(Author's Note: This is the final part of my series on Trust God. This was inspired by our VBS program and an idea recommended by Rev. Phil Schroeder and someone who is a gifted clergy. If you think the ideas of Vacation Bible School are for kids, think again. This has been one of the best series I've ever done for my own faith.)
Last words are important. They may not be well thought out but they are important.
Author, Oscar Wilde said with his last words, “My wallpaper and I are fighting a duel to the death. One or the other of us has to go.” Adventurer Marco Polo said, “I have not told half of what I saw.” Actor, dancer and golfer Bing Crosby was quoted as saying, "That was a great game of golf, fellers." In true comedy fashion, Groucho Marx said, “Die, my dear? Why that's the last thing I'll do!”
But at 88 years of age, John Wesley spoke some of the most profound last words I think I’ve ever heard of. It was, Wednesday, March 2, 1791. His last words were spoken twice, with great fervour, "The best of all is, God is with us." He lifted his arms and said again, "The best of all is, God is with us."
They were words spoken with assurance, passion and conviction. When you think about his life, the starting of a new movement in Christianity that would become the Methodist Church, you can see how his words were grounded in the same last words of Jesus. It wasn't just in his head – he believed God was with him and Wesley lived accordingly.
Take a moment and read those last words of Jesus that Matthew recorded:
Matthew 28:16-20 (NKJV) 16 Then the eleven disciples went away into Galilee, to the mountain which Jesus had appointed for them. 17 When they saw Him, they worshiped Him; but some doubted. 18 And Jesus came and spoke to them, saying, "All authority has been given to Me in heaven and on earth. 19 Go therefore and make disciples of all the nations, baptizing them in the name of the Father and of the Son and of the Holy Spirit, 20 teaching them to observe all things that I have commanded you; and lo, I am with you always, even to the end of the age."
When those first disciples were living alongside Jesus, being a disciple was a common expression. Other teachers also had disciples and they were learning to be like their teachers. Jesus even pointed this out when he said, "A disciple is not above his teacher, but everyone who is perfectly trained will be like his teacher." Luke 6:40 (NKJV) Being a disciple, at its core, is about becoming imitators.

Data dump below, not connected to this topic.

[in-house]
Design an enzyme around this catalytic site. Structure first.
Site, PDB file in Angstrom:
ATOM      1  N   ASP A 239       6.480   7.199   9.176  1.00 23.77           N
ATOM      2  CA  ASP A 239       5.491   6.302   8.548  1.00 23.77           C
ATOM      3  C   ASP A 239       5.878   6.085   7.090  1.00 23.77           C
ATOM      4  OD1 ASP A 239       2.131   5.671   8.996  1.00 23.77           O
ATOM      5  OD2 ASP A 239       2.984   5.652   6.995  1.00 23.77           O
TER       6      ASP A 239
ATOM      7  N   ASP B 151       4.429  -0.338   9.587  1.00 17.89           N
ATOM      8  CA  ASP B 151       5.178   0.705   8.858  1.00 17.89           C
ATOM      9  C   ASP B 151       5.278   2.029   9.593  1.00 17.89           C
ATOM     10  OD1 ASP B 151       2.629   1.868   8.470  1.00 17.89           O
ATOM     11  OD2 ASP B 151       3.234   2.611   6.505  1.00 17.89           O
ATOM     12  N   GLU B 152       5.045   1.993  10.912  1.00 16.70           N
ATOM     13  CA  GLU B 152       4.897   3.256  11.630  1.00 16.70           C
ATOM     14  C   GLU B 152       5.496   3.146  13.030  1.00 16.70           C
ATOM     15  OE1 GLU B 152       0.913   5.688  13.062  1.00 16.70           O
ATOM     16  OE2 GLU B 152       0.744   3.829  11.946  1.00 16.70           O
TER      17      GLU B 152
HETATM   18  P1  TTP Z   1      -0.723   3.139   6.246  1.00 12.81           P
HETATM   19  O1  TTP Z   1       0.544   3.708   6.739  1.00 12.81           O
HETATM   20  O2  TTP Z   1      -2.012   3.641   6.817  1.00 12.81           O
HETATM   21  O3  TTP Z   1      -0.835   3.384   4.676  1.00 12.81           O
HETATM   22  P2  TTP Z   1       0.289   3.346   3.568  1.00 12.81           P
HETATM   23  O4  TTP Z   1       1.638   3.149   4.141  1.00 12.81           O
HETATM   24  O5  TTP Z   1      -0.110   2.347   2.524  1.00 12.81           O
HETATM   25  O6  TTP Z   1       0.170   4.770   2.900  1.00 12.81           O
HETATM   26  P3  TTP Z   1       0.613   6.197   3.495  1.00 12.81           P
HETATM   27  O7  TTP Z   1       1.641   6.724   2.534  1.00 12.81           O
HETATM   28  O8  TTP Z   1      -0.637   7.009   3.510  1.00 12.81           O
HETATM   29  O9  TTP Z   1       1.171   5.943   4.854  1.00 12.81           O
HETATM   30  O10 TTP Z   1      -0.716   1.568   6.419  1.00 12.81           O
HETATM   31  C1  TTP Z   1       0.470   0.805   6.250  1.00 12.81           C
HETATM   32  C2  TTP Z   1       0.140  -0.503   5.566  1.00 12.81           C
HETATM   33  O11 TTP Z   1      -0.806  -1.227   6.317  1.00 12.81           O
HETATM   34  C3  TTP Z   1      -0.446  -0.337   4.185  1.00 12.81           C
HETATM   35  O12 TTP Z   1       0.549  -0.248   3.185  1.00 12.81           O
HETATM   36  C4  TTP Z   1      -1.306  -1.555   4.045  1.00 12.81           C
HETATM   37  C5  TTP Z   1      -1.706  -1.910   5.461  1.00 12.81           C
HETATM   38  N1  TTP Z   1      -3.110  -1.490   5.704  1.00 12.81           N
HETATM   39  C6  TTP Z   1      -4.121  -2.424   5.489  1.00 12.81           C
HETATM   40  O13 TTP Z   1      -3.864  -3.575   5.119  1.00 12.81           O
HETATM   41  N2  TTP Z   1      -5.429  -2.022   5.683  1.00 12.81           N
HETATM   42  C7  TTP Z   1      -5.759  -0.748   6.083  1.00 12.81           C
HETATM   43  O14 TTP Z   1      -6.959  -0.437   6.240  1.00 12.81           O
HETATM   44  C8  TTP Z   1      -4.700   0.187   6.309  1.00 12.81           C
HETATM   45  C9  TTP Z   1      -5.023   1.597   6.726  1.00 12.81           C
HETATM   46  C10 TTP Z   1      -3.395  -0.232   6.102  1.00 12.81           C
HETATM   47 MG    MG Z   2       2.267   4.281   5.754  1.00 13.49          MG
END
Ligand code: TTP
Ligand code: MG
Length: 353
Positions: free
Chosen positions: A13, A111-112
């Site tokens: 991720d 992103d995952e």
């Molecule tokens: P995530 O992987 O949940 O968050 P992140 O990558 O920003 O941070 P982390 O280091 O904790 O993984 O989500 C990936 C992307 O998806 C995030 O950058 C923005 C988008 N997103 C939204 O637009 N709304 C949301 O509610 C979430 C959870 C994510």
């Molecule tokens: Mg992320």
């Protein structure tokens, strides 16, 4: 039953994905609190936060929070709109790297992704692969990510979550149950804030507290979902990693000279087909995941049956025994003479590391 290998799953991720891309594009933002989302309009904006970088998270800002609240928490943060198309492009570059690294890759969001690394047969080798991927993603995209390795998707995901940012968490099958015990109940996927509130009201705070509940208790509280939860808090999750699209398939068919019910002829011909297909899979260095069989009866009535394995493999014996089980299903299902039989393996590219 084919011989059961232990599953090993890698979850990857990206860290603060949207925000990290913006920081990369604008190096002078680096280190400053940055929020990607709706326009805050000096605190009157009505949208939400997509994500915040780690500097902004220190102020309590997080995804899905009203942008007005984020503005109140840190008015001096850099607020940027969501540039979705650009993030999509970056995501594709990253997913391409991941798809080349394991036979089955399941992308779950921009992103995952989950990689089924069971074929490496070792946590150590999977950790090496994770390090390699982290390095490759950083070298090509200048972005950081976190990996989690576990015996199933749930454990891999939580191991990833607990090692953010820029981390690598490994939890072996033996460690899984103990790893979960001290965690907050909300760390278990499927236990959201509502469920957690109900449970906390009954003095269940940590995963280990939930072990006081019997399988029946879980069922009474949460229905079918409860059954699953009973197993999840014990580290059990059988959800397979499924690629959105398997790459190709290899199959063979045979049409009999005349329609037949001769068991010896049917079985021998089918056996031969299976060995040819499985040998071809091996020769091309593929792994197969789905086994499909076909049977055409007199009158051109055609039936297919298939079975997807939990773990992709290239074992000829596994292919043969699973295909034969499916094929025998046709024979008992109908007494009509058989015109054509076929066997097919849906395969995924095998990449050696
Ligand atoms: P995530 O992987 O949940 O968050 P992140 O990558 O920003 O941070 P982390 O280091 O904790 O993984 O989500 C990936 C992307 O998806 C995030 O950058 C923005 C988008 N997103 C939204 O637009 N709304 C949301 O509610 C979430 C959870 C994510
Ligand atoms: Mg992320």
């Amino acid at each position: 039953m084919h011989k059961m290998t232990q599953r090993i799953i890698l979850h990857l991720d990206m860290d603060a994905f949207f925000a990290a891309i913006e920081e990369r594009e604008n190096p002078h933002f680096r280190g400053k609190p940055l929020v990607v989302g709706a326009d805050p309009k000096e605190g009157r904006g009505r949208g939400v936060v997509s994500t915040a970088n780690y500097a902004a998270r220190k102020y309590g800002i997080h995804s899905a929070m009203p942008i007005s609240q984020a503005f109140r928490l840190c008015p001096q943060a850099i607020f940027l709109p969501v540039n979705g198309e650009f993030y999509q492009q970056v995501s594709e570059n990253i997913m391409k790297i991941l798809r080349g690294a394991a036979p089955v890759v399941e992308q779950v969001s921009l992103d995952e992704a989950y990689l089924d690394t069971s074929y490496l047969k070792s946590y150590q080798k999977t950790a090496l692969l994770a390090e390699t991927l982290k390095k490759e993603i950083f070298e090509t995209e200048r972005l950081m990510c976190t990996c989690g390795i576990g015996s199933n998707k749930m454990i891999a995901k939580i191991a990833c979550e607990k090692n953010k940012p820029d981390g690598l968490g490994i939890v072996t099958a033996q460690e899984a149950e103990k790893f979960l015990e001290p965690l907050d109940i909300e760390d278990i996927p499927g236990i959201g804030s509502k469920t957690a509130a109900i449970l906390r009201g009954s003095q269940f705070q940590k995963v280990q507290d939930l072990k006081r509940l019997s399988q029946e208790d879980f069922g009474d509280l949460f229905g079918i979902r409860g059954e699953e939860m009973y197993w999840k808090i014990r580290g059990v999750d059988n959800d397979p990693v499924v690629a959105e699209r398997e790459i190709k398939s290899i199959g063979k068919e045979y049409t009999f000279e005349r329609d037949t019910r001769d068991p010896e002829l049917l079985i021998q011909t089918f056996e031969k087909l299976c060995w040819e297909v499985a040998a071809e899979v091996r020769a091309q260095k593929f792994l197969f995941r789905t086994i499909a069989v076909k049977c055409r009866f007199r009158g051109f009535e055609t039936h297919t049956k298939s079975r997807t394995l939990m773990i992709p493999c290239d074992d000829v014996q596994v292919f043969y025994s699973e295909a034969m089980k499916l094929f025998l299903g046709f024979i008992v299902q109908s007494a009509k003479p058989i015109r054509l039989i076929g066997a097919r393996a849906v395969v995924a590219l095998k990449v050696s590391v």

We are to become like Jesus AND we are to go everywhere inviting other people to be like Jesus, baptizing them, guiding them, and teaching them. Jesus didn’t want people to just believe a certain way. Jesus didn’t reduce, “…faith to mere mental assent to correct doctrine…” as Dr. Maxie Dunnam once observed. Jesus was saying it was about our heads and hearts, our bodies and our souls
To go into the world, means being transformed people, being people who are starting to look like Jesus, live like Jesus and love like Jesus. To go into the world means going out of our country to places like Ecuador like our youth team or going to Indonesia like Pete andAshley Greenwald who are missionary pilots our church is supporting.
It also means going out of our comfort zones too. It means that in our neighborhoods, our schools and our workplaces, we look, live and love like Jesus too. It doesn’t mean you become someone else but that you imitate Jesus as only YOU can do! It does mean you have to trust in Jesus as only YOU can trust in him!
In 2008, our family was the first family in the start of the United Methodist Church in Paulding County. Were there other churches people could go to? Sure, but we were going to start a new church for the purpose of making disciples. We were following Jesus’ last words. And like Wesley, we had reason to believe God was with us. We still do. But new churches aren’t the only place disciples are made.
The Great Commission does not apply more or less to me because I'm a pastor than it does to you…and you…or to anyone. This has been a misunderstanding in the church regarding pastors as the one to do the “work.” It is for EVERY Christian to be going into the world to make disciples. Disciples are made at VBS. Disciples are made at a lunch meeting. Disciples are made at a business network meeting. Disciples are made in a doctor’s office. Disciples are made in the school cafeteria. Disciples are made hiking the trail or hunting in the woods.
Disciples are made with an invitation. You don’t have to know everything to extend and invitation and you don’t have to know everything to respond to one. What you must remember is no matter what, no matter where you go…Trust God for it is God who is inviting you and me to be like Him. And what He starts, God will bring to completion!